Tuesday, 28 August 2012

The Chinese Copy of Web


I have been thinking to write something about the "Chinese Copy" of Web for a long time. Why? Because I think most people outside of China wouldn't know how the Chinese people spend their time on the Web. Of course, language is a problem, but more importantly, the Web in China is a silo isolated  from outside of the world. China has 538 million internet users in July 2012 and it's going to hit 800 million in 2015! (if the Chinese government is not bluffing, I believe they are not). Many of my friends are pretty interested in what a quarter of the internet populations in the whole world is doing on the Web. They ask me questions such as do they go to Facebook, view videos on YouTube? My answer is simple: we have counterpart services in China. Finally, I put my hands on the keyboard and start listing the counterpart services in China. I think this kind of information will be helpful for a lot of people in other countries to know China better.

Let's List!

I will list some of the major counterpart services on the Web in China in different aspects. I won't list many statistical comparisons as there are plenty of them which could be found on the Web.

Social Networks

No one will deny that Facebook is the largest social network website in the world. We have two major applications similar to Facebook. Renren (人人网, means "everybody"), which is formerly known as Xiaonei (校内网, which means "network for students in schools or colleges), and Kaixin (开心网, means "happy"). Facebook has claimed 500 million users in 2011, while Renren has around 137 million users in September 2011 and it's increasing by 24 million to 38 million every month.

Well, if you go to Renren or Kaixin, you will notice that, the user interface looks very similar to Facebook. If you happen to know Chinese and have an account, you will find that the personal pages are similar too. The only difference is the colour.

Search Engine

You know Google? Good! But in China, Google only takes around 16% of the search engine market. The largest search engine in China is Baidu (百度). What Baidu good at is searching Chinese documents on the Web. If you happen to know some Chinese friends, you can ask him or her to explain the video above, which tells the different between Baidu's search and Google's search, even though it explains it in a funny way.

One of Baidu's founders is Robin Li (李彦宏), who has experience to study and work in U.S. He is a kind of legend in China. Using semantic Web, I would say "Robin Li owl:sameAs Bill Gates". Now Baidu has successfully completed IPO on NASDAQ and it has extended its market to Korean and Japan, where the languages are quite similar to Chinese.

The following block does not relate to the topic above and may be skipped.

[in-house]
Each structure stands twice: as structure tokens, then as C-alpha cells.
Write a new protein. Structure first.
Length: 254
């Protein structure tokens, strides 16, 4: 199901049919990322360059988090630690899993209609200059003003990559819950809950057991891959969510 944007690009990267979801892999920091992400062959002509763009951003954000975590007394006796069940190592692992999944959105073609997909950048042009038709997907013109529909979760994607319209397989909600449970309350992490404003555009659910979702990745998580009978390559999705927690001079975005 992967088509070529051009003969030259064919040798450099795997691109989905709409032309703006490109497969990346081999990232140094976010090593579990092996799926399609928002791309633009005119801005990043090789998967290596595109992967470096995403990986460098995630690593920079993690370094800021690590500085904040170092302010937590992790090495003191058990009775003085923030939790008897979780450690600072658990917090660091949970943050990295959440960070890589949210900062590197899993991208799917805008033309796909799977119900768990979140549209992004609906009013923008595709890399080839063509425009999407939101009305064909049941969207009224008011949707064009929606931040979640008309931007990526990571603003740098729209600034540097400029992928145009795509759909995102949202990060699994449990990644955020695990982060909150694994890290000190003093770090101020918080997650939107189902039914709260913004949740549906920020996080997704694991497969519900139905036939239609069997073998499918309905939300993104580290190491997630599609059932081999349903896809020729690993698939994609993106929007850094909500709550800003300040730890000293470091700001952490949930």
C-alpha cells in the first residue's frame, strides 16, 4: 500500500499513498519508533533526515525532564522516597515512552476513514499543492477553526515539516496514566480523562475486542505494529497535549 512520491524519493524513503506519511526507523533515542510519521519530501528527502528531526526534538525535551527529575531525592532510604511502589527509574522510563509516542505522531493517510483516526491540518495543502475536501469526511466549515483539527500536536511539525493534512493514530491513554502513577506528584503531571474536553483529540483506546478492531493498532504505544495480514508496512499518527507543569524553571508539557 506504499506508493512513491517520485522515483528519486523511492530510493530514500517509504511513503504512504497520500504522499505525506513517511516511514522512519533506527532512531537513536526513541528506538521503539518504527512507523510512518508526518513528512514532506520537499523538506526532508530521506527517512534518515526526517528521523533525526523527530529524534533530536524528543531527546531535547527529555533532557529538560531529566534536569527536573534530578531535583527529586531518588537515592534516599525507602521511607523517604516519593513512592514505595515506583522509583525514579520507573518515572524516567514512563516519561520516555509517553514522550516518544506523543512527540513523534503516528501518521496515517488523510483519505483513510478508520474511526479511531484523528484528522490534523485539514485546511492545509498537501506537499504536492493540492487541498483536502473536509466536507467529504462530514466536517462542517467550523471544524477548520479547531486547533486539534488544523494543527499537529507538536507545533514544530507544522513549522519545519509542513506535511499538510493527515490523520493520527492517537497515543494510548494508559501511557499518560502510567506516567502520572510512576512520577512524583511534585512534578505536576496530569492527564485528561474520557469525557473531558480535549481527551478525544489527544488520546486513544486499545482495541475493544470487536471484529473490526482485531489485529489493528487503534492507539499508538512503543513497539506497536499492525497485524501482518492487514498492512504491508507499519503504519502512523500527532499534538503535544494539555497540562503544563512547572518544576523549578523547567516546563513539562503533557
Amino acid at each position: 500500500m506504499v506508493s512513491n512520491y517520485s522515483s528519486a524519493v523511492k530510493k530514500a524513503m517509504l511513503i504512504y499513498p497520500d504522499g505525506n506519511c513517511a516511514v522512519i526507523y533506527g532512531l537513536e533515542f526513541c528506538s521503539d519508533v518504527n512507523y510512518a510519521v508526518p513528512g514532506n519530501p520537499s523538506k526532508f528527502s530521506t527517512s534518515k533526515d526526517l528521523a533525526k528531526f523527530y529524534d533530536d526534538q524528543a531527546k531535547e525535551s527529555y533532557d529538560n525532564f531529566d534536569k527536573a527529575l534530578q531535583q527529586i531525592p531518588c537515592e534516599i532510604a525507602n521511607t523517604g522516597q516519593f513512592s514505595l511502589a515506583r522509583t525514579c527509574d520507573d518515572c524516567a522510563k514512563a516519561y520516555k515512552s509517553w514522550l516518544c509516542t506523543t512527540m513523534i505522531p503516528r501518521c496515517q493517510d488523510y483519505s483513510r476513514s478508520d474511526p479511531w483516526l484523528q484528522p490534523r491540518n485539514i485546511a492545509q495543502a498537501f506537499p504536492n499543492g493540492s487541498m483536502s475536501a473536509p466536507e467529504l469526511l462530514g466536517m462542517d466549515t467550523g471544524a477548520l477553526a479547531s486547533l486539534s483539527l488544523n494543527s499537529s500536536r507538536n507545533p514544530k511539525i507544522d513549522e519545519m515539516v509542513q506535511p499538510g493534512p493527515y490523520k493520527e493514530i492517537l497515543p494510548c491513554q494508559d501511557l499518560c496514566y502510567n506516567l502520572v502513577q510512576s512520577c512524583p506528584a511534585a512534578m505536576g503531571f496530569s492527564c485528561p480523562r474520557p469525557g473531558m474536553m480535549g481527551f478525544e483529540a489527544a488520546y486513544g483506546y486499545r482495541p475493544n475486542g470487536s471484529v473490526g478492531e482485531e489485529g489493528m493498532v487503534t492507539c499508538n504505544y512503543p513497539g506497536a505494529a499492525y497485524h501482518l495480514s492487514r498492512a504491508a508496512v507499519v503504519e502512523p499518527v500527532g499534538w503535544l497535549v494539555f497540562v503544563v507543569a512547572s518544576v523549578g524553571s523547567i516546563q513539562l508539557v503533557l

Video Sharing 

We all know YouTube, Vimeo, Dailymotion, etc. In China, there are many video uploading and sharing websites. Two famous ones are Tudou (土豆, which means "potato") and youku (优酷). Tudou and youku has merger plan recently, but it's still in progress. After the merger, "Youku Tudou" will become the lagest video site. I am not a business man, so I think both Youku and Tudou serve similar content and they are also similar to YouTube.

Online Shopping

Please gimme the first two websites in your mind that you will go when you want to buy something. Yes, they are eBay and Amazon. In UK, eBay is the best place to sell or buy something quickly in a reasonable price for individuals or small businesses. In China, we have an online shopping website called Taobao (淘宝网, which means "looking for treasures"), owned by Alibaba Group. For Taobao, you only need one sentence to describe it: "you can buy anything there". Jack Ma (马云), who owns Taobao and Alibaba Group, is one of the first entrepreneurs, who brought e-commerce into China. Interestingly, he claims that he doesn't know anything about computer or internet, I mean the technology side. He even find himself hard to send an email!

One of the most widely used products of eBay is Paypal. The counterpart in China is called Alipay (支付宝, which means "a tool can pay for anything any ways"). No surprising, Alipay is developed by Alibaba Group (God! We just copied EVERYTHING, even the way it exists!). By 2010, it is said there are 550 million registers in Alipay, not only in China but around all Chinese communities all over the world.

Next to eBay, we are also familiar with Amazon. But Amazon is not very successful in China, because of the existence of Dangdang (当当网), which was founded by a couple, Peggy Yu and Li Guoqing. Similar, Dangdang started by selling books online and then it extends its market to household merchandise, digital devices, etc.

Instant Messaging